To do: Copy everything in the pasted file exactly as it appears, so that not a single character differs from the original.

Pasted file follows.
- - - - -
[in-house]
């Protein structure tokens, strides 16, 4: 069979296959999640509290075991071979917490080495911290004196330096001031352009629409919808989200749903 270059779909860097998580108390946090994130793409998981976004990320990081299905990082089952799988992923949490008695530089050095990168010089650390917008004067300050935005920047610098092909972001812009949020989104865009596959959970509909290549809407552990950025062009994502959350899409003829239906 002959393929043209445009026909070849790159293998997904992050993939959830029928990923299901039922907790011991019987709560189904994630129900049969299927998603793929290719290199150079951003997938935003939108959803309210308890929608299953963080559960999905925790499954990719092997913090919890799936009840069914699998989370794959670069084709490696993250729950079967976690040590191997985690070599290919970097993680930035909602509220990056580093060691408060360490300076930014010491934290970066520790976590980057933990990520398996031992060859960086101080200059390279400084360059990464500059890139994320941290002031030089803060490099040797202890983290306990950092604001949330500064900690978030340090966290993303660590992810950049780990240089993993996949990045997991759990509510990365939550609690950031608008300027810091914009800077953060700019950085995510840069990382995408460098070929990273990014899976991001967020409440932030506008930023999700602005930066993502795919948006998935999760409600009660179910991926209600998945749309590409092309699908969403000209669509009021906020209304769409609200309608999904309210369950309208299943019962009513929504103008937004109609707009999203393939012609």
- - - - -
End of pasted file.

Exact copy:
[in-house]
């Protein structure tokens, strides 16, 4: 069979296959999640509290075991071979917490080495911290004196330096001031352009629409919808989200749903 270059779909860097998580108390946090994130793409998981976004990320990081299905990082089952799988992923949490008695530089050095990168010089650390917008004067300050935005920047610098092909972001812009949020989104865009596959959970509909290549809407552990950025062009994502959350899409003829239906 002959393929043209445009026909070849790159293998997904992050993939959830029928990923299901039922907790011991019987709560189904994630129900049969299927998603793929290719290199150079951003997938935003939108959803309210308890929608299953963080559960999905925790499954990719092997913090919890799936009840069914699998989370794959670069084709490696993250729950079967976690040590191997985690070599290919970097993680930035909602509220990056580093060691408060360490300076930014010491934290970066520790976590980057933990990520398996031992060859960086101080200059390279400084360059990464500059890139994320941290002031030089803060490099040797202890983290306990950092604001949330500064900690978030340090966290993303660590992810950049780990240089993993996949990045997991759990509510990365939550609690950031608008300027810091914009800077953060700019950085995510840069990382995408460098070929990273990014899976991001967020409440932030506008930023999700602005930066993502795919948006998935999760409600009660179910991926209600998945749309590409092309699908969403000209669509009021906020209304769409609200309608999904309210369950309208299943019962009513929504103008937004109609707009999203393939012609």